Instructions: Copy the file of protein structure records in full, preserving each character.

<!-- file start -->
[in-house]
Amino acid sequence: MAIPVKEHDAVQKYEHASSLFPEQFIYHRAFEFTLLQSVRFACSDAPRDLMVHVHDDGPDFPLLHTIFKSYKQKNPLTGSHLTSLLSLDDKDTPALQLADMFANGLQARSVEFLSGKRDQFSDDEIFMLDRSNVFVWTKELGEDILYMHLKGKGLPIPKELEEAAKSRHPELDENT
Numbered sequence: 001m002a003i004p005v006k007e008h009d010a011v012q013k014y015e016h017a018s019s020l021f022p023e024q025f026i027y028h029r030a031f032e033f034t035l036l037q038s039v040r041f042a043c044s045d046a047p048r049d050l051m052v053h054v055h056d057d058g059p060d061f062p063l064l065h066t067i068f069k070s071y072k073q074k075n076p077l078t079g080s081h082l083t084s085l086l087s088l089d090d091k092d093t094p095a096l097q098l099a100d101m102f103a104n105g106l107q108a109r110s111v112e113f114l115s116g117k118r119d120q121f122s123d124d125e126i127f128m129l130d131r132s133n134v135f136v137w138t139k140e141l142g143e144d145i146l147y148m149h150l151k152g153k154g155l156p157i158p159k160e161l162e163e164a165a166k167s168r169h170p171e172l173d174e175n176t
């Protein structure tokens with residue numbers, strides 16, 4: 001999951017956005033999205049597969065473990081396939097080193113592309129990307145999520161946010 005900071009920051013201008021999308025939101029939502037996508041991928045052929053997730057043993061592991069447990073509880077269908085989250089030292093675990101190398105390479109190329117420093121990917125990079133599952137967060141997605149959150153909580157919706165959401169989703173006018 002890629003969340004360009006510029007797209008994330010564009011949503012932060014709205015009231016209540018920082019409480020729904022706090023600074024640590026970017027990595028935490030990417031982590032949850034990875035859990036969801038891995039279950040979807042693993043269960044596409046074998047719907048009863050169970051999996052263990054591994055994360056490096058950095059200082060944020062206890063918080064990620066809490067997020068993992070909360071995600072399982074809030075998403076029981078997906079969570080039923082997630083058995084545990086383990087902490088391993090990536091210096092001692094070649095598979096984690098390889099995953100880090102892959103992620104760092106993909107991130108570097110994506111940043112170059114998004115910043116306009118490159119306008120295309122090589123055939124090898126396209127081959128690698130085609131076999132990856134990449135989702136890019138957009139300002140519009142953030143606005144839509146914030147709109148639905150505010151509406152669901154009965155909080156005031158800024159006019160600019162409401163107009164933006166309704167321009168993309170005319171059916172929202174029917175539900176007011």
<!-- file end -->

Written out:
[in-house]
Amino acid sequence: MAIPVKEHDAVQKYEHASSLFPEQFIYHRAFEFTLLQSVRFACSDAPRDLMVHVHDDGPDFPLLHTIFKSYKQKNPLTGSHLTSLLSLDDKDTPALQLADMFANGLQARSVEFLSGKRDQFSDDEIFMLDRSNVFVWTKELGEDILYMHLKGKGLPIPKELEEAAKSRHPELDENT
Numbered sequence: 001m002a003i004p005v006k007e008h009d010a011v012q013k014y015e016h017a018s019s020l021f022p023e024q025f026i027y028h029r030a031f032e033f034t035l036l037q038s039v040r041f042a043c044s045d046a047p048r049d050l051m052v053h054v055h056d057d058g059p060d061f062p063l064l065h066t067i068f069k070s071y072k073q074k075n076p077l078t079g080s081h082l083t084s085l086l087s088l089d090d091k092d093t094p095a096l097q098l099a100d101m102f103a104n105g106l107q108a109r110s111v112e113f114l115s116g117k118r119d120q121f122s123d124d125e126i127f128m129l130d131r132s133n134v135f136v137w138t139k140e141l142g143e144d145i146l147y148m149h150l151k152g153k154g155l156p157i158p159k160e161l162e163e164a165a166k167s168r169h170p171e172l173d174e175n176t
């Protein structure tokens with residue numbers, strides 16, 4: 001999951017956005033999205049597969065473990081396939097080193113592309129990307145999520161946010 005900071009920051013201008021999308025939101029939502037996508041991928045052929053997730057043993061592991069447990073509880077269908085989250089030292093675990101190398105390479109190329117420093121990917125990079133599952137967060141997605149959150153909580157919706165959401169989703173006018 002890629003969340004360009006510029007797209008994330010564009011949503012932060014709205015009231016209540018920082019409480020729904022706090023600074024640590026970017027990595028935490030990417031982590032949850034990875035859990036969801038891995039279950040979807042693993043269960044596409046074998047719907048009863050169970051999996052263990054591994055994360056490096058950095059200082060944020062206890063918080064990620066809490067997020068993992070909360071995600072399982074809030075998403076029981078997906079969570080039923082997630083058995084545990086383990087902490088391993090990536091210096092001692094070649095598979096984690098390889099995953100880090102892959103992620104760092106993909107991130108570097110994506111940043112170059114998004115910043116306009118490159119306008120295309122090589123055939124090898126396209127081959128690698130085609131076999132990856134990449135989702136890019138957009139300002140519009142953030143606005144839509146914030147709109148639905150505010151509406152669901154009965155909080156005031158800024159006019160600019162409401163107009164933006166309704167321009168993309170005319171059916172929202174029917175539900176007011």